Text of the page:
Did you know that asthma can develop at any age. It is the most common chronic disease among children, especially those who are regularly exposed to second hand smoke, or those who have a low birth rate, resulting in a compromised immune system. Most children first present symptoms around 5 years of age, which often appears as regular respiratory infections throughout early childhood. In addition, it is also more common in young boys due to the smaller size of a young male’s airway. It is also worth noting that in individuals who suffer from asthma, there is almost always a co-occurrence of allergies.
Researchers are not sure whether asthma leads to allergies, or allergies are the cause of asthma. But in over 25% of people who have hayfever, asthma is also present. In this particular incidence, this is large because the allergies reactions triggered by hayfever often lead to airway inflammation.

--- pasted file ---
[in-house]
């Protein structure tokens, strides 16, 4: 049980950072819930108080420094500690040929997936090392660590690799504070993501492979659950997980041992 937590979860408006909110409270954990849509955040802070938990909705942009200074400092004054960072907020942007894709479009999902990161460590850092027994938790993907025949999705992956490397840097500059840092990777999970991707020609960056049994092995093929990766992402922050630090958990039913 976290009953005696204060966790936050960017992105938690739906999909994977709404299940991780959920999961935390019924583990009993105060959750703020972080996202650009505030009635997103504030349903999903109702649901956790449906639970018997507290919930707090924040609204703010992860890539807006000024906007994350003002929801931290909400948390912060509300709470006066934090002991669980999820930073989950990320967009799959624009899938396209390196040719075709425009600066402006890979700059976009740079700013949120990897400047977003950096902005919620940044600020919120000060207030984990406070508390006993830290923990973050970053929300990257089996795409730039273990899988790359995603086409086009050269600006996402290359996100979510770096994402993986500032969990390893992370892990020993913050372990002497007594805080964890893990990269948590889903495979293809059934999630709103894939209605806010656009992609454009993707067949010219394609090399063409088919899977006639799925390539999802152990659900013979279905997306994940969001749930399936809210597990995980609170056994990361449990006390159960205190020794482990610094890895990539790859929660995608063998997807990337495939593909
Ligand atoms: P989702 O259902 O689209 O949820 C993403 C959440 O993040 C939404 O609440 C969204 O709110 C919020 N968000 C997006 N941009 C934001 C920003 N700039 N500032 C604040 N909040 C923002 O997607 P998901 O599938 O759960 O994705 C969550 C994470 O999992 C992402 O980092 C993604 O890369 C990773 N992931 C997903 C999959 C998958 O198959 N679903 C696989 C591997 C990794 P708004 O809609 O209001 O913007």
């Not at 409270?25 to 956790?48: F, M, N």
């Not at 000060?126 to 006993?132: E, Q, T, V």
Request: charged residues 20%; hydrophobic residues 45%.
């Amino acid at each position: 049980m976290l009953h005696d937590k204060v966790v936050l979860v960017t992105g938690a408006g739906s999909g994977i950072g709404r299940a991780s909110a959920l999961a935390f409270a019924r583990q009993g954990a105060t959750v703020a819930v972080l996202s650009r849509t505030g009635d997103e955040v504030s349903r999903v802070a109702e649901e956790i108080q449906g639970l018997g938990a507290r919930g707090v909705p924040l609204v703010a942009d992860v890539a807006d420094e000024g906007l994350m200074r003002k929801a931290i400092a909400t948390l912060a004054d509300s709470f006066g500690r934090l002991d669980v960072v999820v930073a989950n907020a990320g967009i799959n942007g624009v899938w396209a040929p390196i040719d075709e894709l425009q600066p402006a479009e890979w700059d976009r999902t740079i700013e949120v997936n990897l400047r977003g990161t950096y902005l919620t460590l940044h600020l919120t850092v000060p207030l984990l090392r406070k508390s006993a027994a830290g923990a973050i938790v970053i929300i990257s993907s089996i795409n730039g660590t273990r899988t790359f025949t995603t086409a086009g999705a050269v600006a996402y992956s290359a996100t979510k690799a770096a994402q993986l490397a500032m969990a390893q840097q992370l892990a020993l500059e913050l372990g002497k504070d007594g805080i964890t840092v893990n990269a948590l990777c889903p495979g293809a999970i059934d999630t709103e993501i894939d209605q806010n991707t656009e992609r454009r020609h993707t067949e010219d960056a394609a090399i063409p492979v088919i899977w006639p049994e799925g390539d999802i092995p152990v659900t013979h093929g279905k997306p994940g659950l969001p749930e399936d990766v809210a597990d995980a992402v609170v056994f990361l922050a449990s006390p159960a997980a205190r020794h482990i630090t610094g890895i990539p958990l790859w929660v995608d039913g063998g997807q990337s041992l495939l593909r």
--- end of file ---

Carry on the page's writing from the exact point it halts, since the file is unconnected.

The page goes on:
This inflammation characterises asthma. As such the occurrence of hayfever is considered a risk factor for the development of asthma.
Furthermore, children who have skin conditions such as eczema are also at higher risk of developing asthma. In such condition, the reaction occurs as a result of the lungs being exposed to a foreign invader, or allergen. Allergens or similar foreign invaders elicit an immune response. In eczema, the same holds true, whereby, the skin is exposed to an invader, which elicits an immune response. The immune response manifests itself with the typical rash, and skin discomfort as associated with eczema.